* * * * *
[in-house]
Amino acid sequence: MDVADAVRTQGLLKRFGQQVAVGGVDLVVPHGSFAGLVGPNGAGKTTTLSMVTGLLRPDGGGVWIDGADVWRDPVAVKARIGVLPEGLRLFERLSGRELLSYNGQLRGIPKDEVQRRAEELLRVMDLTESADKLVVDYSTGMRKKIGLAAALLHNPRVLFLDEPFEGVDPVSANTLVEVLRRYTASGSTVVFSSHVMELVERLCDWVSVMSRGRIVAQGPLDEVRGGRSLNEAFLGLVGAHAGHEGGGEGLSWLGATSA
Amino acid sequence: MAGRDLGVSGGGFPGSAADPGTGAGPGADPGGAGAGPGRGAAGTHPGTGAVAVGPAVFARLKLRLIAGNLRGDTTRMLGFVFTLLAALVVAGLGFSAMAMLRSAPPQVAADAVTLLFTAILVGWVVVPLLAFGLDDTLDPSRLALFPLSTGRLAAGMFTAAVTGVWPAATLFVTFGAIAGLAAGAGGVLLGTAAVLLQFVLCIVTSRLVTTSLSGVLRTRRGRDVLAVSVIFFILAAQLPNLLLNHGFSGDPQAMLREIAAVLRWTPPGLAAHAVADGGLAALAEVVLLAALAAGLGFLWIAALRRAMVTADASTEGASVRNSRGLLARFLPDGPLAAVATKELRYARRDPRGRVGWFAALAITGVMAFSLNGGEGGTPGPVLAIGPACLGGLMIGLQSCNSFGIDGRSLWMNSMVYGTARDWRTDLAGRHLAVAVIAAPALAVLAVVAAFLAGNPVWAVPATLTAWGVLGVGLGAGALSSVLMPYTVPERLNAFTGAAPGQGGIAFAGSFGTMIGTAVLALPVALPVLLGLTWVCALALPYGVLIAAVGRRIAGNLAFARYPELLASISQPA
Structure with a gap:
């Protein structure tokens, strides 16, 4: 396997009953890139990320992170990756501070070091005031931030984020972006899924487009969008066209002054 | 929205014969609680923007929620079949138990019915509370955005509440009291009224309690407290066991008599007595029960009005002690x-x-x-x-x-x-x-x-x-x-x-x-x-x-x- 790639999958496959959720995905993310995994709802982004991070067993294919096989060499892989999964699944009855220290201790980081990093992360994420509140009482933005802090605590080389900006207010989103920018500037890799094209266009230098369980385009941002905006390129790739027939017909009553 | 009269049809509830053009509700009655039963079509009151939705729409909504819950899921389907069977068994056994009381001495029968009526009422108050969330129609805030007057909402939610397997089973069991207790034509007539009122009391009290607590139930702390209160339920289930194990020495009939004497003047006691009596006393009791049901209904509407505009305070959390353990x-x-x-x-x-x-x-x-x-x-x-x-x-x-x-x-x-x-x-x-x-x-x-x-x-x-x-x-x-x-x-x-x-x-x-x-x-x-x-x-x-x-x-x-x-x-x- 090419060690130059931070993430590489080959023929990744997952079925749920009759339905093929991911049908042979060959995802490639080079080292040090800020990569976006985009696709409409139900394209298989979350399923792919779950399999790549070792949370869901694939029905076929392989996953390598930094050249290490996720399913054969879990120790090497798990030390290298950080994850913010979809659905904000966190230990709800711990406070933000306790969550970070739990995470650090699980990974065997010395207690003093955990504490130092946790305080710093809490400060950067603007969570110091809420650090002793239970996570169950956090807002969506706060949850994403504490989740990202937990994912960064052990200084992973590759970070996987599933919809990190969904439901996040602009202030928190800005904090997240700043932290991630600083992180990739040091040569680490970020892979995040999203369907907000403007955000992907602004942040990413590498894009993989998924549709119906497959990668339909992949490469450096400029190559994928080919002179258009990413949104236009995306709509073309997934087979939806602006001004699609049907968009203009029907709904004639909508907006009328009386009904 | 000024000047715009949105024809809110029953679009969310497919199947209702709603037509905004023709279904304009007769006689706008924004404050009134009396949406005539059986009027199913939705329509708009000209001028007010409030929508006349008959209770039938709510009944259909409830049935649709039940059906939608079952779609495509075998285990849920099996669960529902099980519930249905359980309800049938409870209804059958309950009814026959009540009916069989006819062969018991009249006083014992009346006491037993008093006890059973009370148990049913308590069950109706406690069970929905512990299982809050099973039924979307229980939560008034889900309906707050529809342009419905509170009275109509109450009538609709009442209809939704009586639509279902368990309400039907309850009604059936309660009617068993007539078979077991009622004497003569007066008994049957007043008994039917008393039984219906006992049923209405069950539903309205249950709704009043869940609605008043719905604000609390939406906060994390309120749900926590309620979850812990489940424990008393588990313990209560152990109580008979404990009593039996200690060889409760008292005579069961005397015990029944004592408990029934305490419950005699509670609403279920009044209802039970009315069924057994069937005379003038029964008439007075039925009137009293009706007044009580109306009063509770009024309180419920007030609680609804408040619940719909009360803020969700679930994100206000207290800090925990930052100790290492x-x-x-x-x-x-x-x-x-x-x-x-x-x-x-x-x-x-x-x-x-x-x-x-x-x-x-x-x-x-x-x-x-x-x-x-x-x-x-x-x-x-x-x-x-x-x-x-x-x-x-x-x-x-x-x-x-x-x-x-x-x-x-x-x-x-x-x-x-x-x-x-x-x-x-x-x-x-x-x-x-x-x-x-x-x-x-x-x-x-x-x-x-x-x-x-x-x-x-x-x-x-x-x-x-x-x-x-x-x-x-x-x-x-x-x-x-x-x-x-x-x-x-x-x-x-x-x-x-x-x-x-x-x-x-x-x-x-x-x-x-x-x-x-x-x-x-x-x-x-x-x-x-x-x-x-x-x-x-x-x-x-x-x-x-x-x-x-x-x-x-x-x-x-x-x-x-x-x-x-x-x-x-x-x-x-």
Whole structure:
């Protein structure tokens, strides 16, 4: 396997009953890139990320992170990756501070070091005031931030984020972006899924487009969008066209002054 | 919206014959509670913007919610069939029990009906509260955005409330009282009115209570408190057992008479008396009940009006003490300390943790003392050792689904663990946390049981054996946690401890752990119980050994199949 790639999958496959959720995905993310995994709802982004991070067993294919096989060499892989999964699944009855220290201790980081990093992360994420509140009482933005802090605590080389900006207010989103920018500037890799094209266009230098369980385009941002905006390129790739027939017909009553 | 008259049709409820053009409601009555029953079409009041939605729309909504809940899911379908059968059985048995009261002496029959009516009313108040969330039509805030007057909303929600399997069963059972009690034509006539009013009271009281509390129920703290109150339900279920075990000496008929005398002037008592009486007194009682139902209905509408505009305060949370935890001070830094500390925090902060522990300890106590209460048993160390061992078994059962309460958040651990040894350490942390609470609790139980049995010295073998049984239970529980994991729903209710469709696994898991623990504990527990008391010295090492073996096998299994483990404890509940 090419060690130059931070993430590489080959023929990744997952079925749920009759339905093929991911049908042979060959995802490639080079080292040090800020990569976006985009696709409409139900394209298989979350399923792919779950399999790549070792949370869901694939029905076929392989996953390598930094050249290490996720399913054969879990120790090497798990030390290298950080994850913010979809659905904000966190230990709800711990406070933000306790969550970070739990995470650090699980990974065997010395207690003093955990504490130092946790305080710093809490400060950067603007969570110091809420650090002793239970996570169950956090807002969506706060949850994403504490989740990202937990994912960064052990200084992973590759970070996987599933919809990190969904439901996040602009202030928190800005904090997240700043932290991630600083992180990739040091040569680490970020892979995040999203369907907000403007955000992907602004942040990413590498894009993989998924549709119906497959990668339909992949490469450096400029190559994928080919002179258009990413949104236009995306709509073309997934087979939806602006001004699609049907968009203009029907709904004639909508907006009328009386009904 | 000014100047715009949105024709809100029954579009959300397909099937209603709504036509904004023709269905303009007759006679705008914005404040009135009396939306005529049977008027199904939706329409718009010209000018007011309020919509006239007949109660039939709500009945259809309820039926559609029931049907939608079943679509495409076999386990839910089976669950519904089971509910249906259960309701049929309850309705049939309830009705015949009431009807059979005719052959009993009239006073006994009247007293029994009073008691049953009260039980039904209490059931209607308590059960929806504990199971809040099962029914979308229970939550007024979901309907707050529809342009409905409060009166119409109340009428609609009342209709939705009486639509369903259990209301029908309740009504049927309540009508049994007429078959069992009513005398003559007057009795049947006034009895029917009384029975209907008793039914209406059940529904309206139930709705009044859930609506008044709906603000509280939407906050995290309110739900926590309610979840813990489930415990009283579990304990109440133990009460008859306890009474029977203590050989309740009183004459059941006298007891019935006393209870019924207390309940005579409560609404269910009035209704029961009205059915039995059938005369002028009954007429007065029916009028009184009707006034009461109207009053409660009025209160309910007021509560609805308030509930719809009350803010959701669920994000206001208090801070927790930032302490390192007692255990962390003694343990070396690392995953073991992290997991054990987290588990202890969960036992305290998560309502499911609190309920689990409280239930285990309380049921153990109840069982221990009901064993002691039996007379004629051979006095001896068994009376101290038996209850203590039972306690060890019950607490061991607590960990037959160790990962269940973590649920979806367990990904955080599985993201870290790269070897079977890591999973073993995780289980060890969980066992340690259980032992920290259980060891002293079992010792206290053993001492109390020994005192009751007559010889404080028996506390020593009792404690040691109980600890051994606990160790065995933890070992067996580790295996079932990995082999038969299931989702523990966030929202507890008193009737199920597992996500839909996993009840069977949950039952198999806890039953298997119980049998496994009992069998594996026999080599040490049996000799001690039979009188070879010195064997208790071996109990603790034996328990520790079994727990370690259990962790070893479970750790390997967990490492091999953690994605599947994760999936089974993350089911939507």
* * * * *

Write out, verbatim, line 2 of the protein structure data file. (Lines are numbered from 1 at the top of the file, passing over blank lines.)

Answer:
Amino acid sequence: MDVADAVRTQGLLKRFGQQVAVGGVDLVVPHGSFAGLVGPNGAGKTTTLSMVTGLLRPDGGGVWIDGADVWRDPVAVKARIGVLPEGLRLFERLSGRELLSYNGQLRGIPKDEVQRRAEELLRVMDLTESADKLVVDYSTGMRKKIGLAAALLHNPRVLFLDEPFEGVDPVSANTLVEVLRRYTASGSTVVFSSHVMELVERLCDWVSVMSRGRIVAQGPLDEVRGGRSLNEAFLGLVGAHAGHEGGGEGLSWLGATSA